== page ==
Dan_stamp_palin

RoxAnne Christley may have lost the Republican primary for Roanoke County Board of Supervisors last month. But she “won” another contest after my June 6 column, which was headlined “Roanoke County board won’t be dull if Christley gets on it.”

I got more emails and comments about that column than any other last month. Which means it’s time for the July reader mailbag. We’ll begin with Ben Marchi, a Christley fan.

“She’s intense!” he wrote me. “But frankly, that’s not such a bad thing for the board you described. I’ve endorsed her for that reason — and because she tries to do what she thinks is right; not what benefits her friends. I respect that she doesn’t have all the answers — but she’ll go find the answers, once asked about something.

“You hit the nail on the head so well that my wife just looked over at me, sitting on the couch and asked, ‘why are you laughing to yourself?’ I was snorting.

“Would I want a board full of RoxAnnes? Nope. But does that board need a RoxAnne? Oh yes.”

Drucilla Miller of Roanoke County begged to differ.

“Lord help us. We don’t need another Ed Elswick, Butch Church, or Al Bedrosian (especially Al Bedrosian) on Roanoke County Board of Supervisors,” Miller wrote.

Dennis Crowley of Hunting Hill offered high praise for the column. At least, that’s how I interpret what he wrote.

“I have to congratulate you on the underhanded and snarky manner in which you attempted (successfully, in part, as it turns out) to undermine the candidacy of Roxanne Christley with your column of June 6, which appeared a scant five days before the election for the Windsor Hills District on the County Board of Supervisors.

“By ‘wishing’ for a Christley win by pointing out (to you) her ‘spitfire passion’ and seemingly inappropriate behavior, you cleverly made it appear a vote for her opponent was clearly a more rational move. This sort of indirect electioneering clearly belongs more appropriately on the editorial page and not in one of your intermittent screeds!”

The June 16 column, about the loyalty oath voters had to sign to vote in that election, also brought forth reader response.

“I want my two hours back!” wrote Linda Cory of Roanoke County.

“I came into town to vote at my usual poll and was redirected with a flimsy sign saying that voting had been moved to the Brambleton Center with nothing said about a Republican primary. At the Brambleton Center, I made it as far as entering the hall when I read what I was being asked to sign. I handed it back, saying I made a mistake with coming there, and the fellow retrieved the clipboard with a sheepish look. Evidently he had already heard it.”

Cory added: “But in the long run, their actions (with presenting a loyalty pledge) have damaged future election turnout. I never want this to happen again and I’m sure I’m not alone.”

That column also elicited an email from Gerry Gunn of Caroline County. He had minor beef with the headline, “Some voters in Tuesday’s primary felt stung by Republican pledge.” Gunn forwarded me a similar document recently used by Democrats in Caroline County.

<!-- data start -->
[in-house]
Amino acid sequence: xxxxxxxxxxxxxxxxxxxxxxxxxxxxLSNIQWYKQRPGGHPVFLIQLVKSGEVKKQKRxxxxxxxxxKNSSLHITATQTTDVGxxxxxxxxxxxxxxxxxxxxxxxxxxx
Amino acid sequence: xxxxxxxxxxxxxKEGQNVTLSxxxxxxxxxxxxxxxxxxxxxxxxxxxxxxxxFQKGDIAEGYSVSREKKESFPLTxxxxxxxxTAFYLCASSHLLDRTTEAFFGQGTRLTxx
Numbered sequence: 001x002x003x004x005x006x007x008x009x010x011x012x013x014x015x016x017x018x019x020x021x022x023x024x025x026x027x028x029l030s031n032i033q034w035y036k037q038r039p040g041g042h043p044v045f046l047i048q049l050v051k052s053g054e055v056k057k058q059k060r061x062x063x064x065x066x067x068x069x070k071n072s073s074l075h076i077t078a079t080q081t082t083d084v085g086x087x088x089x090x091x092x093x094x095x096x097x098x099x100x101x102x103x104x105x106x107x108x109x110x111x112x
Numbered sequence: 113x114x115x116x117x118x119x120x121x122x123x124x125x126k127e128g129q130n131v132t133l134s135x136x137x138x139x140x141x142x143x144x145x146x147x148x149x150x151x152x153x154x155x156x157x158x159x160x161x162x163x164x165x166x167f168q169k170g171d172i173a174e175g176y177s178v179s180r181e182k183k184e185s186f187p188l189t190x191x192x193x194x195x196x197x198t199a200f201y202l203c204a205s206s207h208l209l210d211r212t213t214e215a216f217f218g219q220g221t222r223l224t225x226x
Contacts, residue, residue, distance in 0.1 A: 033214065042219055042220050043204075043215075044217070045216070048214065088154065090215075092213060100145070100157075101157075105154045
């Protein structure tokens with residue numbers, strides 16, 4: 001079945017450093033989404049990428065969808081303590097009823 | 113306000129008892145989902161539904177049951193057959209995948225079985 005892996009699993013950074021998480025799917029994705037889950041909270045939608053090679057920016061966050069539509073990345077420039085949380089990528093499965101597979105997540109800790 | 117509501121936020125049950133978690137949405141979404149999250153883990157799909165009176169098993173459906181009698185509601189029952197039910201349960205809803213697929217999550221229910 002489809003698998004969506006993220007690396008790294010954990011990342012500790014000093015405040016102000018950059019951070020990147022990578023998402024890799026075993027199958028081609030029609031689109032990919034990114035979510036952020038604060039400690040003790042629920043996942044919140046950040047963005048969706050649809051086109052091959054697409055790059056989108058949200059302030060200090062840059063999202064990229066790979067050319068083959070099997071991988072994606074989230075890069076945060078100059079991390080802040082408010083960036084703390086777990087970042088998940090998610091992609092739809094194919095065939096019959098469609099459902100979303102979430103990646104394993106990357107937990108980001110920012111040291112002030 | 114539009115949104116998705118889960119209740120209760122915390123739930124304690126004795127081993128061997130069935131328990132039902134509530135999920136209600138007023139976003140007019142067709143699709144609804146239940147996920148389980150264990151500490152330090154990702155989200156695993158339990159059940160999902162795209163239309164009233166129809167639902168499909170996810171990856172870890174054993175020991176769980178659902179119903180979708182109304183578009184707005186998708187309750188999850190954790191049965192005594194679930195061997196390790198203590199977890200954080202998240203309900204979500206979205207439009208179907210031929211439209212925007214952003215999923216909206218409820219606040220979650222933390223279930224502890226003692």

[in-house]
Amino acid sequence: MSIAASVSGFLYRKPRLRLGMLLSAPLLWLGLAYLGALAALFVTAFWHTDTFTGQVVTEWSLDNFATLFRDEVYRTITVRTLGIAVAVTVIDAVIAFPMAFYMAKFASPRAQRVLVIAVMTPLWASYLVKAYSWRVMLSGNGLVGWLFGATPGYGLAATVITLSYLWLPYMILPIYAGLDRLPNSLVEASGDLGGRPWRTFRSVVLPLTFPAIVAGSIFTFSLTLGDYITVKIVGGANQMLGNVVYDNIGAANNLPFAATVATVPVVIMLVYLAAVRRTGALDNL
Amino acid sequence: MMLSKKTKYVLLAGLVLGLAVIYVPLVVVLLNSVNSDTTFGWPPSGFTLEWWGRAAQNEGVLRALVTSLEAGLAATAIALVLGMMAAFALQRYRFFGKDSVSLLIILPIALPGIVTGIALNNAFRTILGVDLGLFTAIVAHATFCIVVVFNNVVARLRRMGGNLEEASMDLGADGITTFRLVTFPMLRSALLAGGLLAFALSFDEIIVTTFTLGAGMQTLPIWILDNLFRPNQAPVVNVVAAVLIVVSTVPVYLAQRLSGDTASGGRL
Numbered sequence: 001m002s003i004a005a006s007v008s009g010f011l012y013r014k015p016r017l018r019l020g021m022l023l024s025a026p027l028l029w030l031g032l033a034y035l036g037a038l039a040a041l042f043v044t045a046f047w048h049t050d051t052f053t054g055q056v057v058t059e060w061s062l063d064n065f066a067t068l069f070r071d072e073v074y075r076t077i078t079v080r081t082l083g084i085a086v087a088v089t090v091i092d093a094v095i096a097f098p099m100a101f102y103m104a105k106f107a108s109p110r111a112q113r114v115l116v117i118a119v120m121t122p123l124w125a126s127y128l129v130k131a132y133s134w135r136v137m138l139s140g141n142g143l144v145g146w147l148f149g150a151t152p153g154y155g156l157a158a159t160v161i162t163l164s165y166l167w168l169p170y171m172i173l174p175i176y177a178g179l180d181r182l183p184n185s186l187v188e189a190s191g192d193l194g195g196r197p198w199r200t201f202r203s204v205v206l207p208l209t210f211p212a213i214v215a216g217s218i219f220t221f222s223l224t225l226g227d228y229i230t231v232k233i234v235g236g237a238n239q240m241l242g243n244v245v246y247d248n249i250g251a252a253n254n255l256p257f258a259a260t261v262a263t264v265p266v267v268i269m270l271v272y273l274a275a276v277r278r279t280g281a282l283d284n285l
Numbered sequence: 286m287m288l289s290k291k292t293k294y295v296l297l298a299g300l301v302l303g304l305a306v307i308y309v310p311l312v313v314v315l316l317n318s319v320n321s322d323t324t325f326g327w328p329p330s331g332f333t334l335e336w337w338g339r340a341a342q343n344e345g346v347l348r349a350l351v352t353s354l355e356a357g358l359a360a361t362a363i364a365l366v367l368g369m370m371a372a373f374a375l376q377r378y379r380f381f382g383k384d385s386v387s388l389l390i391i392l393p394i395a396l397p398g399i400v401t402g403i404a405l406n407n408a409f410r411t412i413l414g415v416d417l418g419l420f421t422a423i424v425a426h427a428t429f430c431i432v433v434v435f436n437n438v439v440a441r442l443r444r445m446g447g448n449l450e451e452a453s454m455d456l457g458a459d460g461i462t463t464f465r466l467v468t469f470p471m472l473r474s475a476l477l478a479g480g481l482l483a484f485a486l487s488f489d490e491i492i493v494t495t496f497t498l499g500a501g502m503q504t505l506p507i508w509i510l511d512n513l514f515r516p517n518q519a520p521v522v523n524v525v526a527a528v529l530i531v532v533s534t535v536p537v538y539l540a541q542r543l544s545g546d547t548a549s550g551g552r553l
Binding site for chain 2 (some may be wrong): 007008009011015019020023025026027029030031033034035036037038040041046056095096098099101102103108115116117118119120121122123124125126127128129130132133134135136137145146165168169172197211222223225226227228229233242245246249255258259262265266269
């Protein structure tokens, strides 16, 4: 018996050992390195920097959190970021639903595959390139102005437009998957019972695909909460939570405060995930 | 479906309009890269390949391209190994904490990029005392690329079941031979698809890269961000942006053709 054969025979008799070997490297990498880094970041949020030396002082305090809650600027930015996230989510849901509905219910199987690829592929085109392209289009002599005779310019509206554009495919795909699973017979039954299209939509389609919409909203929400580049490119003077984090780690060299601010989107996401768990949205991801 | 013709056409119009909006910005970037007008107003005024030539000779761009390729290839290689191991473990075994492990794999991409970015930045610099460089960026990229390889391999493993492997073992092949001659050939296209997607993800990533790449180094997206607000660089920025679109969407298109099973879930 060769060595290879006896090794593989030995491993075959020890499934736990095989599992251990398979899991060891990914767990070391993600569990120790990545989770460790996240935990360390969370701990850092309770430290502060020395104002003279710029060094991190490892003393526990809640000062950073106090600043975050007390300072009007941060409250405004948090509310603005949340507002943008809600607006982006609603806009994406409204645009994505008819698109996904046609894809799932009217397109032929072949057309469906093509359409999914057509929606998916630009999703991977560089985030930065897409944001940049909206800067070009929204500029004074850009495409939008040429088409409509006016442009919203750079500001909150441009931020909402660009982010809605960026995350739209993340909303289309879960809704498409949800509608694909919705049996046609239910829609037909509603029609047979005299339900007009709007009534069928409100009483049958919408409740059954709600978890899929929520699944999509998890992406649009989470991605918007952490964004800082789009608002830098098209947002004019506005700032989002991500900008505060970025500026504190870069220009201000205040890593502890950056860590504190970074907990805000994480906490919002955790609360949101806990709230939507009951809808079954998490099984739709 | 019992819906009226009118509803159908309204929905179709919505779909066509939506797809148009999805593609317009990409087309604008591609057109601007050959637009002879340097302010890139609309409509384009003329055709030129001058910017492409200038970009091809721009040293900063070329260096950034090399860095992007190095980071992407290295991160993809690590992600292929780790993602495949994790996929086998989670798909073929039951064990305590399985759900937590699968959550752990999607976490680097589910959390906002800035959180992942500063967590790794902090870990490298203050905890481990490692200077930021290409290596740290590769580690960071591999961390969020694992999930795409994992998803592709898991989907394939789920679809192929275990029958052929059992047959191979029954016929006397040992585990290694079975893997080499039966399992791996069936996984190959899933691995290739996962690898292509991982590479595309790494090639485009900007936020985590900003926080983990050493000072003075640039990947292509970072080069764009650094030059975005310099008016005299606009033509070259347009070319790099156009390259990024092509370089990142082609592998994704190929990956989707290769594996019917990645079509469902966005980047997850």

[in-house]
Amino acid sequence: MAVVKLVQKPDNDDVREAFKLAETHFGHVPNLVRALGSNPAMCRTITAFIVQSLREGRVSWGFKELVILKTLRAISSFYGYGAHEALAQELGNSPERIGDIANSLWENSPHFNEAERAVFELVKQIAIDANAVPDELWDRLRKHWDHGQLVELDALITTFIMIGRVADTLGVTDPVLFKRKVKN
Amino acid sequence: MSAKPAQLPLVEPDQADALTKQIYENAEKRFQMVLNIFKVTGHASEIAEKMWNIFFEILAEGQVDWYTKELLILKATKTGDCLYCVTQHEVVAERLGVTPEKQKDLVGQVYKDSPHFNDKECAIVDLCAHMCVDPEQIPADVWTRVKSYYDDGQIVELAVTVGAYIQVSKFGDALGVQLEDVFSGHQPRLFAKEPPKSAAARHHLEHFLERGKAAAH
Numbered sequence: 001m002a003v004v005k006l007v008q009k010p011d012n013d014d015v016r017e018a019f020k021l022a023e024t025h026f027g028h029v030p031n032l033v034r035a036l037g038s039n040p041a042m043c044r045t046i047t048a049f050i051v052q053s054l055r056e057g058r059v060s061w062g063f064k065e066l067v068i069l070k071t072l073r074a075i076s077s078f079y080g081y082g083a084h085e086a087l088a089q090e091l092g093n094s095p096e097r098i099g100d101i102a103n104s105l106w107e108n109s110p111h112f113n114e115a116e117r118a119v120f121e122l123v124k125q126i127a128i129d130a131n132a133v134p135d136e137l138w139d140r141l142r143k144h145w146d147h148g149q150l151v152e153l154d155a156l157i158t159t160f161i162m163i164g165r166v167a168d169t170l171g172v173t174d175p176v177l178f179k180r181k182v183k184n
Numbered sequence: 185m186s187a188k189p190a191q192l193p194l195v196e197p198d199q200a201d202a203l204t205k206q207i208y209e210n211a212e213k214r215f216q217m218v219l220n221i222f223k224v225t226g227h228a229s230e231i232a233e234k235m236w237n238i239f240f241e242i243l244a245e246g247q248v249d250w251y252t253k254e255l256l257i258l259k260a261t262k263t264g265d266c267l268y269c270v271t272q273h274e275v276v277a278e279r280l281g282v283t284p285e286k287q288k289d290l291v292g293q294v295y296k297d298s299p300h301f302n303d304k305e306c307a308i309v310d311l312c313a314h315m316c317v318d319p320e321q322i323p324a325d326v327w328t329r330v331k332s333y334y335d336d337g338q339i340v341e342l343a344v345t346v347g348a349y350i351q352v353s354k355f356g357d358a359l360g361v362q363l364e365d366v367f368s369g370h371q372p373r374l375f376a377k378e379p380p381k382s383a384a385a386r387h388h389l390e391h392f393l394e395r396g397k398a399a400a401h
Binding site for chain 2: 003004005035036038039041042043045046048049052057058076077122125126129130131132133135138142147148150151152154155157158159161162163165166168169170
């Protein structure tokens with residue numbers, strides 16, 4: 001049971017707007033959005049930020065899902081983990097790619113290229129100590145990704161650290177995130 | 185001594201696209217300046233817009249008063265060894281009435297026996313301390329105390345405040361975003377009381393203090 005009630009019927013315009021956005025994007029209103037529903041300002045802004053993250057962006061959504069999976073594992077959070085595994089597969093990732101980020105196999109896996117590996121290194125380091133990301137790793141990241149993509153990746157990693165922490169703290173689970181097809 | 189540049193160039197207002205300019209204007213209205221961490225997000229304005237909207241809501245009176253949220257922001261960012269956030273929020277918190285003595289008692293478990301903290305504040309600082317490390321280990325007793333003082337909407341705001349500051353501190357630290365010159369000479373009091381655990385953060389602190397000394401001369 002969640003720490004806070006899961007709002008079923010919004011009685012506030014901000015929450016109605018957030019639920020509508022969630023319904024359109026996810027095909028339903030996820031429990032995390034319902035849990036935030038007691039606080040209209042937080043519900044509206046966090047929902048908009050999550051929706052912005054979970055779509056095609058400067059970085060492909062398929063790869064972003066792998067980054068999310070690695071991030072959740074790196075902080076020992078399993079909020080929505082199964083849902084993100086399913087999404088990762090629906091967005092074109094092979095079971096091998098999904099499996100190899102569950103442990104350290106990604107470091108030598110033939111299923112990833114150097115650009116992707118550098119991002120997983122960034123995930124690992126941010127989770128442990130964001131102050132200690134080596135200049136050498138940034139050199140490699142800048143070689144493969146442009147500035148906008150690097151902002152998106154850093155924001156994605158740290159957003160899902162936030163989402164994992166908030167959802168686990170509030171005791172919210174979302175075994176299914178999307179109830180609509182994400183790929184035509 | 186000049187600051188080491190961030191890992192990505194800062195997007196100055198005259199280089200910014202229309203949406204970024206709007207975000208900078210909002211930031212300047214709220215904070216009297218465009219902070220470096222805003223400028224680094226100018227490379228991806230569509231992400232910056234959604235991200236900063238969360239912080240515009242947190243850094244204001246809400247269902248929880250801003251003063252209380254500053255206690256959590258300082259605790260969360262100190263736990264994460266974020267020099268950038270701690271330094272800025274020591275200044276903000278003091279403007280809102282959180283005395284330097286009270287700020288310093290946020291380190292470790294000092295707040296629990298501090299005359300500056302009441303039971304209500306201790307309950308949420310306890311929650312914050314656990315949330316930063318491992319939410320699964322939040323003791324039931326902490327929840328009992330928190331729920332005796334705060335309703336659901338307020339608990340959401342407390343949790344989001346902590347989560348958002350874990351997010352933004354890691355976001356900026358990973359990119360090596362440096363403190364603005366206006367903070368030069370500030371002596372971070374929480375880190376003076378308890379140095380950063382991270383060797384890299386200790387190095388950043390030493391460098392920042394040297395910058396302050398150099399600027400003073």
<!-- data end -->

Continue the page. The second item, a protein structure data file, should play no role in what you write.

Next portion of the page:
“Both political parties in Virginia regularly require such statements, and the courts have consistently upheld the right of both parties to set these rules,” Gunn noted.

Peggy Lester of Radford emailed about the June 25 column regarding Dan in a Can, which is now available at Big Lick Brewing Co. on Salem Avenue. As that noted, the smooth potion is so hyperbolic it can raise the dead.

“What fun to read your article today about the launch of Casey’s Kolsch. Cannot wait for the grumps to chastise you for your very humorous writing. With all the sadness and insanity in our world, your article was a true joy to read,” Lester wrote.

Last but not least, I got an email from Bob Ward of Roanoke. It was about the June 13 column on the upcoming special session in which the Virginia General Assembly will consider some gun control legislation.

That column noted that state law prohibits local governments in Virginia from banning firearms in municipal buildings, save courthouses and jails. Among other things, it means Roanoke City Council cannot ban guns from its meetings.

Ward started off with “I am a gun owner. (Don’t jump to any delusions.)”

He continued: “It is absolutely nonsense that the Roanoke City Council cannot restrict firearms from council meetings. No one needs a firearm at a council meeting except an on-duty police officer. You quoted the law restricting the Council’s FREEDOM to govern in a safe, mature, and American manner. Would the same law apply if a citizen showed up at the White House with a firearm to attend a meeting?

“As a child of the 1960s I would suggest that Mayor Lea and the rest of the Council hold all future meetings in the jail. Firearms aren’t allowed there. Problem solved. Second Amendment knuckleheads can go cry somewhere else.”

That’s the best idea I’ve heard from a reader in a while.

Thank you, folks, for all those letters, emails and phone calls. Please keep them coming!

Get the day's top stories delivered to your inbox with our email newsletter.

Dan Casey knows a little bit about a lot of things but not a heck of a lot about most things. That doesn't keep him from writing about them, however. So keep him honest!

Recommended for you

Load comments